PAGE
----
There's no excuse for lack of connectivity in today's world. It's easier than ever to foster connections between your customers and your brand as well as within your customer base. People like to be part of a community, especially when there's a chance to talk about something they love (like your product). 

Cultivate personable social media relationships through your brand pages. Set up an active Twitter account or Instagram page for customers to interact. Learn the latest TikTok trends so that customers can engage with you and each other. This keeps you front and center in their minds.

5. You're hard to find.

Focus less on being clever and more on creating the most memorable and concise URL possible. If you already have a domain name that’s lengthy, start using URL shorteners like or Rebrandly that allow you to create branded vanity URLs. Conde Nast Traveler does this to make their links look trustworthy while still being memorable.

Customers rarely have the patience to search for anything beyond the most basic iteration of your brand name. If they can't find you faster than a competitor, you've lost them. 

6. It's inconvenient to shop with you.

Convenience is king when it comes to a shopping experience. Customers won't hesitate to shop with a competitor over minor inconveniences like a clunky shopping cart or a multi-step checkout process. Amazon understands this, which is why their “1-click buy” feature sets them apart from the competition. Instagram understands this too, and they’ve rolled out shoppable posts that deliver a quick and easy one-stop shopping experience.

Make the shopping experience as swift and streamlined as possible. Cut down the steps that take customers from shop to checkout, and your retention will soar.

7. You're not incentivizing repeat business.

You have to think about "keeping the spark alive" in customer relationships, especially if you provide one-off services or big-ticket products. 

How can you keep clients interested in your brand? Can you offer upgrades or add-ons to their current purchase? Can you stock small, supplemental items? For example, a company that sells high-quality phone cases can keep customers coming back by offering matching charging cables, phone grips, keychains and screen protectors.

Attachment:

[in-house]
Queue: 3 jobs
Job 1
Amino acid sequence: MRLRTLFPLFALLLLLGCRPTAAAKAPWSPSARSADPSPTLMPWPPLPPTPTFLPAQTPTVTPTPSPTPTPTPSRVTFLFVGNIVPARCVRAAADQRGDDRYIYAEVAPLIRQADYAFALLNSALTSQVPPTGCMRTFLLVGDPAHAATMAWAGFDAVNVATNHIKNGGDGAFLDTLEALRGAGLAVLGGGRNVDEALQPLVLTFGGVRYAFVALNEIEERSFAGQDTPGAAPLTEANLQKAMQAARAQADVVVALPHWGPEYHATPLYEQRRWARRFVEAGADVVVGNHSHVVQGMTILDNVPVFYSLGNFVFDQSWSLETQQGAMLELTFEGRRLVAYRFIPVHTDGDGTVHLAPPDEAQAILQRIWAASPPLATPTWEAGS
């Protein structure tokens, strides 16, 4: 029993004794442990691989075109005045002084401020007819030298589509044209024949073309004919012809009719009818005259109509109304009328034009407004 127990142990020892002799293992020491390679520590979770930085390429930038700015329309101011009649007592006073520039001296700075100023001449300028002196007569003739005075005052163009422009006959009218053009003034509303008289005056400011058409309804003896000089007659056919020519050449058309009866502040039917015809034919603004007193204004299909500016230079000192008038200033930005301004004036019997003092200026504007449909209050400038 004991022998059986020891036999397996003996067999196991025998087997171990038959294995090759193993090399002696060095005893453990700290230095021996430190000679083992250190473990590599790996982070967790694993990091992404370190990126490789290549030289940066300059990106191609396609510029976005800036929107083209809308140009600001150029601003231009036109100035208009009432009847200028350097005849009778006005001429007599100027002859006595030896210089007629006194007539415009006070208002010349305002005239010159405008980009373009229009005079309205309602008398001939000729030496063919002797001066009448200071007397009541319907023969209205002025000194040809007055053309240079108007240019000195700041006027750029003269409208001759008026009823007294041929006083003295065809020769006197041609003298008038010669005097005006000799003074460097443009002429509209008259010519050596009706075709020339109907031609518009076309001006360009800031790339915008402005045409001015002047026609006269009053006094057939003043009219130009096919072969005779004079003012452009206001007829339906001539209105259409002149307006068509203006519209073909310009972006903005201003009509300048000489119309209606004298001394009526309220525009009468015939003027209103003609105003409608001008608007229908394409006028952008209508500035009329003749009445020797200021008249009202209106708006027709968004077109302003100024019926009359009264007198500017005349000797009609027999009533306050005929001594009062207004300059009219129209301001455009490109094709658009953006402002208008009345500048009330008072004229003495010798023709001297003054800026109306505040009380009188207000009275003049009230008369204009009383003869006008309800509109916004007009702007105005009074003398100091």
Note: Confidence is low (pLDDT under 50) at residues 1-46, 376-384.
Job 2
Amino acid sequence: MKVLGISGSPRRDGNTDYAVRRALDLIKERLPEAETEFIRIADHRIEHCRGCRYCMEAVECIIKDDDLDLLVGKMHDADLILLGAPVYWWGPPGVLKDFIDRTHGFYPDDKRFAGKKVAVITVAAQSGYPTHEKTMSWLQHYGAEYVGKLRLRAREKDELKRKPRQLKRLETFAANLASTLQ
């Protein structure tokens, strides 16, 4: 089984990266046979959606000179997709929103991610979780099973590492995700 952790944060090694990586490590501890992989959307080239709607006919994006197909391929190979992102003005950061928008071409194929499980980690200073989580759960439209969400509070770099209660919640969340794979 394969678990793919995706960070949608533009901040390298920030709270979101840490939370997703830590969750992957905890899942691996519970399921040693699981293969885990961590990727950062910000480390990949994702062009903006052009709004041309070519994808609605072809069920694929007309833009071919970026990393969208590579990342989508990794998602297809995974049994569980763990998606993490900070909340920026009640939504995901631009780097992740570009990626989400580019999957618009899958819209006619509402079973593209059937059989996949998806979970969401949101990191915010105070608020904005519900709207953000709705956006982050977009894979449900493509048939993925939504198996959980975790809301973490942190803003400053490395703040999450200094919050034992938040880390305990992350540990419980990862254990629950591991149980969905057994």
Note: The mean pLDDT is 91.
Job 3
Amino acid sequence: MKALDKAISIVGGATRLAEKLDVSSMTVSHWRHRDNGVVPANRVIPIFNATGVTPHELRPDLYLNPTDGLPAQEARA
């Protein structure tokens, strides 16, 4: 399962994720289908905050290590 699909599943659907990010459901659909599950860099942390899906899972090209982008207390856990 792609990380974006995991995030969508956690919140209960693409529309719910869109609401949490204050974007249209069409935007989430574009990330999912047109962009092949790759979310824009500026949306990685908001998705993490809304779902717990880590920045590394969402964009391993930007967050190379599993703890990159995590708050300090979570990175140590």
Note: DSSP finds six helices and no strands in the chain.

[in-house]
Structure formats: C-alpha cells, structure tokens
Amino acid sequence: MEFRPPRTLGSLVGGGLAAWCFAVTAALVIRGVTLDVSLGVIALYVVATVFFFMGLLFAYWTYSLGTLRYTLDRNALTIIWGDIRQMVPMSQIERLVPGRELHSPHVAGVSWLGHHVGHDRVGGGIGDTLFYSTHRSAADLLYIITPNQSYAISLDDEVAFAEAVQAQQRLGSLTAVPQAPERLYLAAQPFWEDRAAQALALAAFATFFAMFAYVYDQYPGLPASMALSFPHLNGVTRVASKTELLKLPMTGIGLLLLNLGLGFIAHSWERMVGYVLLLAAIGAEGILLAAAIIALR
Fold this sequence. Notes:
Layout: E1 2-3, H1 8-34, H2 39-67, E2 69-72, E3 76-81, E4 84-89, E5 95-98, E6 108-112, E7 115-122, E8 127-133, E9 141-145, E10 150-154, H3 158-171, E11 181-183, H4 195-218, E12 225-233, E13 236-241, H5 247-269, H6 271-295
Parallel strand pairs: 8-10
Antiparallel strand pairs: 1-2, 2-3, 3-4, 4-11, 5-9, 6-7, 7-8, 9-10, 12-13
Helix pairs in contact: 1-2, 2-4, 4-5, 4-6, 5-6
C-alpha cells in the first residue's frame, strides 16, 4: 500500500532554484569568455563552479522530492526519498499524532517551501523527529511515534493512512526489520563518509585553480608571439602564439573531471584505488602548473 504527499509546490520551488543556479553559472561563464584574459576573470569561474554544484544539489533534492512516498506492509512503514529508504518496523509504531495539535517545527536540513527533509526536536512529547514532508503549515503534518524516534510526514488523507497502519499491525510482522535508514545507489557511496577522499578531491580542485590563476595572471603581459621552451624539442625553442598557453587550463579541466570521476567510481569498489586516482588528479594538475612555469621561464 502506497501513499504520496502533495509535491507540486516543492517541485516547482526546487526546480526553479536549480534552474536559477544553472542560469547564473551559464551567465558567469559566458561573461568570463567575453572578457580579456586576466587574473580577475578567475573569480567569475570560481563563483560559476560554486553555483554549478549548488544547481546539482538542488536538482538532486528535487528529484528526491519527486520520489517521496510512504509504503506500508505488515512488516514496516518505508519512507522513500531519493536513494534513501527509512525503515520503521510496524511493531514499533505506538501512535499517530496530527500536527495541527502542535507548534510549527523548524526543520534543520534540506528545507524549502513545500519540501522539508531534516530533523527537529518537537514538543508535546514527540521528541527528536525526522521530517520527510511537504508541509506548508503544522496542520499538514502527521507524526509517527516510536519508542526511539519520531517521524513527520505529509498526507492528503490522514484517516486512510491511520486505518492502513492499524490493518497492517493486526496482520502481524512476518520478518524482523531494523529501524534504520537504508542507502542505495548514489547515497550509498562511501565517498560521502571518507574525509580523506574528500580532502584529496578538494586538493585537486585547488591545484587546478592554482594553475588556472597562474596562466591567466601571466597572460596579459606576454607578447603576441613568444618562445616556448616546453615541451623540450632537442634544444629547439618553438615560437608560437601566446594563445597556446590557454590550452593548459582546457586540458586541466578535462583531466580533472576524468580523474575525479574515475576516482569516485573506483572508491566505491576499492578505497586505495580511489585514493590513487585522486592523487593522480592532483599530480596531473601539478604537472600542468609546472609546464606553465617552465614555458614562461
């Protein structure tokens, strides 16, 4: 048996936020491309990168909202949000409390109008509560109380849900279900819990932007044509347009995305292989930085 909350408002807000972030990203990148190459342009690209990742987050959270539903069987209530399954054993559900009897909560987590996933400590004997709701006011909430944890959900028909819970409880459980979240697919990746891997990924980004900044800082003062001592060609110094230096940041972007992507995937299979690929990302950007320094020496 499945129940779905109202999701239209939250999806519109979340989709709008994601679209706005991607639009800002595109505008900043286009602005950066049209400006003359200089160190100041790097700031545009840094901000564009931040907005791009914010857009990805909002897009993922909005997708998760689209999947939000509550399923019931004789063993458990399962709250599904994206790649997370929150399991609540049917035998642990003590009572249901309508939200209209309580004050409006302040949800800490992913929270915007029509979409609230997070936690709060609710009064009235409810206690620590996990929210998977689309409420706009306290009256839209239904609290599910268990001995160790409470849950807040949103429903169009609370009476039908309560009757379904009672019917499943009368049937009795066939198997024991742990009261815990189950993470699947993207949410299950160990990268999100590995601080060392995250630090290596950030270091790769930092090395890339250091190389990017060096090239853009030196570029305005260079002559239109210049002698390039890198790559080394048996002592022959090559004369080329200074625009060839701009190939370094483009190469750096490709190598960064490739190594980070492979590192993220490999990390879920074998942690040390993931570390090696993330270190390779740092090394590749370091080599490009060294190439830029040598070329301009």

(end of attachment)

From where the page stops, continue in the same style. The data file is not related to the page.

If you can hook them into returning for small purchases, you stay in the forefront of their mind for big purchases, and you increase positive word-of-mouth recommendations. 

8. You're not offering an exciting solution.

It's hard to come up with a truly unique idea, but it's not as hard to come up with an exciting, enticing spin on an old idea. 

Let’s look at the smartphone case seller Velvet Caviar. They’re offering durable phone cases, which isn’t new, but they’re extremely successful because they understand how to make their brand exciting. They’ve curated a specific aesthetic, developed complementary products, and provided a niche community for the people who share their brand aesthetic. 

You don't have to be the first; you just have to be the best. 

9. The delivery process is lacking.

How many times have you filled a cart, started the checkout process and then changed your mind because of shipping costs? A recent survey found that 50 percent of shoppers won’t bother with retailers that don’t offer free shipping, and 77 percent abandon their carts because of “unsatisfactory shipping options.” 

In the same vein, how many brands have you dropped because they didn't update tracking or deliver a product quickly enough? Use delivery update services. Offer shipping updates via text. Creating the fastest, cheapest and most convenient delivery experience possible leads to better retention. 

10. Your customer support isn't up to par.

Actively offering customer support before problems arise boosts customer satisfaction, which boosts retention. Be proactive in addressing potential delivery delays, and offer compensation when needed. 

Integrate chatbots into your website for 24/7 customer support, and make sure that your response times across all channels are as quick as possible. The more available you are, the more confident and cared for customers feel. 

Retention is Your Business Bread and Butter. 

Keeping repeat customers is an essential part of every brand’s long-term success. Unfortunately, entrepreneurs often forget to keep viewing their brand through the eyes of a consumer, and this can lead to big dips in retention. The good news is that these problems are easy to fix. 

Providing consistent value doesn't have to be hard. Build the right processes into your overall brand strategy, and you'll see slow, steady gains in retention rates.